November 15, 1947


Author Affiliations

Oxford, England

From the Wingfield-Morris Orthopaedic Hospital, Nuffield Professor of Orthopaedic Surgery.

JAMA. 1947;135(11):691-694. doi:10.1001/jama.1947.02890110009003

The infrequency of serious nerve injury as a complication of a closed fracture or dislocation adds to the anxiety with which these lesions are properly regarded. Even in a busy fracture service the incidence of grave nerve injury is so comparatively low (table 1) that there is barely sufficient material on which to base a firm policy. Everyone knows that spontaneous recovery occurs more often than not, but this is of no comfort to the patient or to the surgeon when, as sometimes happens, the paralysis fails to clear up. If a purely expectant policy is pursued the most favorable time for operative intervention will always be missed; on the other hand, routine exploration is unjustifiable.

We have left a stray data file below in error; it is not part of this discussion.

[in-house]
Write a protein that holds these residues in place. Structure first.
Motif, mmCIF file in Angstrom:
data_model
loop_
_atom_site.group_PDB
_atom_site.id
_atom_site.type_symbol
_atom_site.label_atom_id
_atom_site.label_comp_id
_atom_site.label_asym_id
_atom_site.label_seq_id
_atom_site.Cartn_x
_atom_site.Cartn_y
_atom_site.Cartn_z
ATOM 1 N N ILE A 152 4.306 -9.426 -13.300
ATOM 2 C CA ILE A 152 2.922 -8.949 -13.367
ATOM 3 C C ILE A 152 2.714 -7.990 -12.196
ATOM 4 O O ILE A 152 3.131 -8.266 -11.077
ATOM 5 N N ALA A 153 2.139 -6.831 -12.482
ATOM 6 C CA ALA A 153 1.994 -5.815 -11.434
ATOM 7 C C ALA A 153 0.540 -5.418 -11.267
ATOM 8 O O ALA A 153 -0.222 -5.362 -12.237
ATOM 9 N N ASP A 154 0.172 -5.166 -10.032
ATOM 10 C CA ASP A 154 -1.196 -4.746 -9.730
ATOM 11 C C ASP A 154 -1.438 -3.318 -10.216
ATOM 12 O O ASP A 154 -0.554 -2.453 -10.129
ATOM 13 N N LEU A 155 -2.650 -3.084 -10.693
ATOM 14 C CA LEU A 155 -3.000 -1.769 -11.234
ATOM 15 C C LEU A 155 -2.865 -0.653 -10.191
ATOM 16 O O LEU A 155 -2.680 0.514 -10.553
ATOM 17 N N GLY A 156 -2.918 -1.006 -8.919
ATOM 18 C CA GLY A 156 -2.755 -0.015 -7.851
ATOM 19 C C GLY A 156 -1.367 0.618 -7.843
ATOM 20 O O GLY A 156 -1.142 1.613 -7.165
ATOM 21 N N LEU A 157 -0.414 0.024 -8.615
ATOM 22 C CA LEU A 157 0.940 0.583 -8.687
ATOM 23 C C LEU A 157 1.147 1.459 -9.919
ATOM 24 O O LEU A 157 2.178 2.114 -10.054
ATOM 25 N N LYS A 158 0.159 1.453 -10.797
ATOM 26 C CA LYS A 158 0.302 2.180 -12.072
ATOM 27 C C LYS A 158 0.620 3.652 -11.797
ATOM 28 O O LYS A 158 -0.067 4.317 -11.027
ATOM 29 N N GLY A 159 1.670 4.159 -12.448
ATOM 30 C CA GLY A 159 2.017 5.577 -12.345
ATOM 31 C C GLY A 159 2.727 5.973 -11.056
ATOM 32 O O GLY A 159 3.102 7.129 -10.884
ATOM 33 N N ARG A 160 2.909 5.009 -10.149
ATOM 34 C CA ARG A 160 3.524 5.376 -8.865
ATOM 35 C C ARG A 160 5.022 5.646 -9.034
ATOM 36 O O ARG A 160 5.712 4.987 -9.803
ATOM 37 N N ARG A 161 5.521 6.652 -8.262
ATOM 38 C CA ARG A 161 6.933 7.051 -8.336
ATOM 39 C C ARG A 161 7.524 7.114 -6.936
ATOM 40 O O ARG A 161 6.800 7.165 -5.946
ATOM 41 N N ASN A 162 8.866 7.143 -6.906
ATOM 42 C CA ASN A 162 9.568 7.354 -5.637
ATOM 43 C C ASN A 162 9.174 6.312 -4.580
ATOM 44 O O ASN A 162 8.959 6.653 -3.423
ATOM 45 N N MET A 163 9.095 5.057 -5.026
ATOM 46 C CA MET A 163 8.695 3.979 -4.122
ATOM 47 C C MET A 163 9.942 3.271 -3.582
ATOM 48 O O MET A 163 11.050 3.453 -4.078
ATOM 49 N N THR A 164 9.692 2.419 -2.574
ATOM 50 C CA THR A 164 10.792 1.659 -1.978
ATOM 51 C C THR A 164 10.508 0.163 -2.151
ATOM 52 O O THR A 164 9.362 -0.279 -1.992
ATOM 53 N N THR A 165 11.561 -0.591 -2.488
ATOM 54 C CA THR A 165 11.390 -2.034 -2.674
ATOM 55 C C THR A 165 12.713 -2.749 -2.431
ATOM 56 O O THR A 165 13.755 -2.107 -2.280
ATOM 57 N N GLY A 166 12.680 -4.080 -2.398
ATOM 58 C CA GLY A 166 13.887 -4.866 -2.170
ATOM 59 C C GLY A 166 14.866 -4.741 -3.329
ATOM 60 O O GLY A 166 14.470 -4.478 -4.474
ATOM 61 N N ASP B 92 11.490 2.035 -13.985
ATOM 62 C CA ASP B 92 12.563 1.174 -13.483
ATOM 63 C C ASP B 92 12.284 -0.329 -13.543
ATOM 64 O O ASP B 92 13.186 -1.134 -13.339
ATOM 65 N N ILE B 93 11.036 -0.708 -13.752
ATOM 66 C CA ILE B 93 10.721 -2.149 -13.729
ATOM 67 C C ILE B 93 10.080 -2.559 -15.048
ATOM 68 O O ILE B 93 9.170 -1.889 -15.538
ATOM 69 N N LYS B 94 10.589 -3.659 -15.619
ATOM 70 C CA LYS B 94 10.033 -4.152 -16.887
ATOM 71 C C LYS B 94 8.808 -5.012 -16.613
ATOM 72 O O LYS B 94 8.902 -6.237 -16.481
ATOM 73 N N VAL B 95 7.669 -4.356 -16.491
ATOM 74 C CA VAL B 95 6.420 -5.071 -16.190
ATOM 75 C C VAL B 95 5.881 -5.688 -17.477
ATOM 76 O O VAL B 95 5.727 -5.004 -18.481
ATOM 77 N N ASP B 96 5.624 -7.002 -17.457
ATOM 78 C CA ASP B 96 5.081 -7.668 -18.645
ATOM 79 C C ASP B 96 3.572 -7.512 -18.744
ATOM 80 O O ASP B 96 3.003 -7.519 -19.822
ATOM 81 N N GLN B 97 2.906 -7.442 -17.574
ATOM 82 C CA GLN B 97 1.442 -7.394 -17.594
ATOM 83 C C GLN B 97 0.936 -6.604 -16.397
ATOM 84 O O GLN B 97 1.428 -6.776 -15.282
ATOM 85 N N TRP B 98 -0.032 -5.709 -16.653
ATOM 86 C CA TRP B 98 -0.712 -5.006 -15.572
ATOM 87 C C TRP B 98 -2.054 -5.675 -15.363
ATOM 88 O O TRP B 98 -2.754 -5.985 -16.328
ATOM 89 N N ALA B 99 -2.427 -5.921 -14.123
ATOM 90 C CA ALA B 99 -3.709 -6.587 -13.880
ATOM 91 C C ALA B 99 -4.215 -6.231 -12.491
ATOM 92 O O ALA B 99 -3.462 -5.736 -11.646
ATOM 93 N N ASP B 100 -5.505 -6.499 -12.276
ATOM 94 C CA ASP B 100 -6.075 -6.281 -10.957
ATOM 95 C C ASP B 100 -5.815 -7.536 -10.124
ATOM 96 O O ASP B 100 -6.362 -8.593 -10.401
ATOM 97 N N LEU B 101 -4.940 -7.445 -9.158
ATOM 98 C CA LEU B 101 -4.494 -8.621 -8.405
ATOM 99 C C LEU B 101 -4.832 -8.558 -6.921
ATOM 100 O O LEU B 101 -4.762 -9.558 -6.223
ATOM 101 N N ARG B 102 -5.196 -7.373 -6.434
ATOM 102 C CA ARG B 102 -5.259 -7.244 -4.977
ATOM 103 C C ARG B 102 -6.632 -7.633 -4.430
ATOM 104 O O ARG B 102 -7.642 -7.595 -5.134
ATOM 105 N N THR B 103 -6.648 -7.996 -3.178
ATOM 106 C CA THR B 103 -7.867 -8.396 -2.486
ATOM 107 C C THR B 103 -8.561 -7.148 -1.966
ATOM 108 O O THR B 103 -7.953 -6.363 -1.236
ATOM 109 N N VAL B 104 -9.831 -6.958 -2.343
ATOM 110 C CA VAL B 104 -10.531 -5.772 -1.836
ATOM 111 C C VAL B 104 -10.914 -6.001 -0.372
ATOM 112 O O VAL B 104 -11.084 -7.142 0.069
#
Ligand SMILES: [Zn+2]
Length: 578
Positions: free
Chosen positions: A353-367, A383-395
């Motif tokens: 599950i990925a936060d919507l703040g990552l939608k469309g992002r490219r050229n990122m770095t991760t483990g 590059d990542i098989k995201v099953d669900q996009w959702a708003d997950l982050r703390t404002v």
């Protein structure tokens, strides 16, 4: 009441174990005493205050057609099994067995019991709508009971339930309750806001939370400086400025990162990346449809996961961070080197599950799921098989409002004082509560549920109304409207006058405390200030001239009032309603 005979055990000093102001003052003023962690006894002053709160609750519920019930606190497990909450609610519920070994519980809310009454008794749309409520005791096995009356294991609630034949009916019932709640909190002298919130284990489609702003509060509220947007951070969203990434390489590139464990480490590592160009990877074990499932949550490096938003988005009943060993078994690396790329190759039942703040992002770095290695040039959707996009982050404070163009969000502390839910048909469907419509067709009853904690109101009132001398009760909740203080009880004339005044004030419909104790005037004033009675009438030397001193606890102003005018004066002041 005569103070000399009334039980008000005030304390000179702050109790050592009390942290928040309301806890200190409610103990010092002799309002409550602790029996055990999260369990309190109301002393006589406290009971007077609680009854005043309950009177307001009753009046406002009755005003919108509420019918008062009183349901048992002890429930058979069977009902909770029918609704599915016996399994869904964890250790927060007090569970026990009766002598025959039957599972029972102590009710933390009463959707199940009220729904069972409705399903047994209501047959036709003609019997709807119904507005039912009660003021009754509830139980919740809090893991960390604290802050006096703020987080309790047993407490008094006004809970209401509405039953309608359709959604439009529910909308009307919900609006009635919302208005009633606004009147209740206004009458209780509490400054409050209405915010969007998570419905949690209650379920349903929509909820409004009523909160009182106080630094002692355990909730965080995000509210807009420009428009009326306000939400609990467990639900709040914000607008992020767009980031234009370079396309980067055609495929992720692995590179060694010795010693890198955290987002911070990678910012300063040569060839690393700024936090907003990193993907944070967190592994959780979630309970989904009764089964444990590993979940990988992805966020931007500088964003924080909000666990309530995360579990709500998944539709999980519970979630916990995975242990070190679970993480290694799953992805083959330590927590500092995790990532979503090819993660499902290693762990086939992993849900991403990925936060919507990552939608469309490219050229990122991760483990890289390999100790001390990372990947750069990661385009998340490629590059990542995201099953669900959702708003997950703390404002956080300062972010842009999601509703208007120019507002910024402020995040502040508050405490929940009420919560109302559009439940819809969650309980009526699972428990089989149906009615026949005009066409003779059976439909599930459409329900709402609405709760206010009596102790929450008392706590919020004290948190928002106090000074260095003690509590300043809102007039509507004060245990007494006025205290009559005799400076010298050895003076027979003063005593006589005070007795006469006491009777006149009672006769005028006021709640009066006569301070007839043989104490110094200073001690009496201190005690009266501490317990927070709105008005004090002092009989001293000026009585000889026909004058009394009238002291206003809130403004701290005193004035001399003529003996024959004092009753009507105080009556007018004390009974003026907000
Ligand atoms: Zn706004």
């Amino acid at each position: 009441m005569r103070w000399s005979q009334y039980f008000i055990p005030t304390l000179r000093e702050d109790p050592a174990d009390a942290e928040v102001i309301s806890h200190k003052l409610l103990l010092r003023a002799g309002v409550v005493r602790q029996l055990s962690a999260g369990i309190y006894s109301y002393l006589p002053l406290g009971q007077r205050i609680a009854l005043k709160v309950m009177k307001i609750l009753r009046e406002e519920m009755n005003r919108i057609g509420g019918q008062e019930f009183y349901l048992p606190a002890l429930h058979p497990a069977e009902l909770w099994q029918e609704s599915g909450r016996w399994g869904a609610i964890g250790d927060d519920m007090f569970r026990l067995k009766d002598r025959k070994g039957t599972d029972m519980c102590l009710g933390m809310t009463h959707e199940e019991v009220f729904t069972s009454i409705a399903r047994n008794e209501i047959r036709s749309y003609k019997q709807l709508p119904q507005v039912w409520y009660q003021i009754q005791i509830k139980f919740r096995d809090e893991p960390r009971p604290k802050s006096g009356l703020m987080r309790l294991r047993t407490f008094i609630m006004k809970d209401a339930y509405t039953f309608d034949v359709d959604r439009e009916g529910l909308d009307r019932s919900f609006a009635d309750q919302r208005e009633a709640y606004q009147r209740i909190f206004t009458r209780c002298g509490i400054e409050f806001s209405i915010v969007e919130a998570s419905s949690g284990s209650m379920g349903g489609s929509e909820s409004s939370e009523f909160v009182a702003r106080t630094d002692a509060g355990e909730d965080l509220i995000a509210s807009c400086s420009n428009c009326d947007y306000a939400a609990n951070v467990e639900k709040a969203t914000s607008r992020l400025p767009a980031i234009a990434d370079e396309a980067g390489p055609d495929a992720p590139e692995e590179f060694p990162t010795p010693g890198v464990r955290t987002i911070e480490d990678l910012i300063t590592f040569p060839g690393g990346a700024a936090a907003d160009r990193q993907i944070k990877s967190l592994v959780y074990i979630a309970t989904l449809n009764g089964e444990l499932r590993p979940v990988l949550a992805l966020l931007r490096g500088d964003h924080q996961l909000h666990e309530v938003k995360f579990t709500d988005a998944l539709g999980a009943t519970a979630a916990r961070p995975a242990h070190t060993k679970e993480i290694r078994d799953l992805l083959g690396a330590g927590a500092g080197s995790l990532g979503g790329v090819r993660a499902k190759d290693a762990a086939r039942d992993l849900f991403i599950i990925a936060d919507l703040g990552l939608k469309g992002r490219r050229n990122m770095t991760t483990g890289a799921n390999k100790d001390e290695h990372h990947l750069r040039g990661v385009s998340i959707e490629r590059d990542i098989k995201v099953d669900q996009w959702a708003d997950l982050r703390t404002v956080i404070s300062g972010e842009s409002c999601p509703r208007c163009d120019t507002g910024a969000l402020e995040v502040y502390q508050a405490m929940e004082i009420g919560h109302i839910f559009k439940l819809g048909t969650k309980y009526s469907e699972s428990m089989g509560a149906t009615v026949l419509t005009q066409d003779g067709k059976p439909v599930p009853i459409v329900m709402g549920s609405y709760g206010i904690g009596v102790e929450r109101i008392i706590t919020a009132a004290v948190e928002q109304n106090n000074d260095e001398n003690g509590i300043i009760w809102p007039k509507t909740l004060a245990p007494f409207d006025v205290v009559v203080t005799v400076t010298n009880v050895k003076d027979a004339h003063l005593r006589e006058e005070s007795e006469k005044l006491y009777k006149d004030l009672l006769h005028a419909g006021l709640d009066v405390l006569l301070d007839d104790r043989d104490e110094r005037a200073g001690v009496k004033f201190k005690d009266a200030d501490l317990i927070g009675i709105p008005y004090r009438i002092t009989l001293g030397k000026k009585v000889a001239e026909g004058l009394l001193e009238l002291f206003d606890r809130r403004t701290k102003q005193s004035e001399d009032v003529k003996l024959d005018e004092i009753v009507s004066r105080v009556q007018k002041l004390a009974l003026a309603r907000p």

I think it would be useful to give an account of observations made at the Oxford Peripheral Nerve Injuries Centre over a period of six years. Over 2,500 nerve injuries of every kind have

First Page Preview View Large
First page PDF preview
First page PDF preview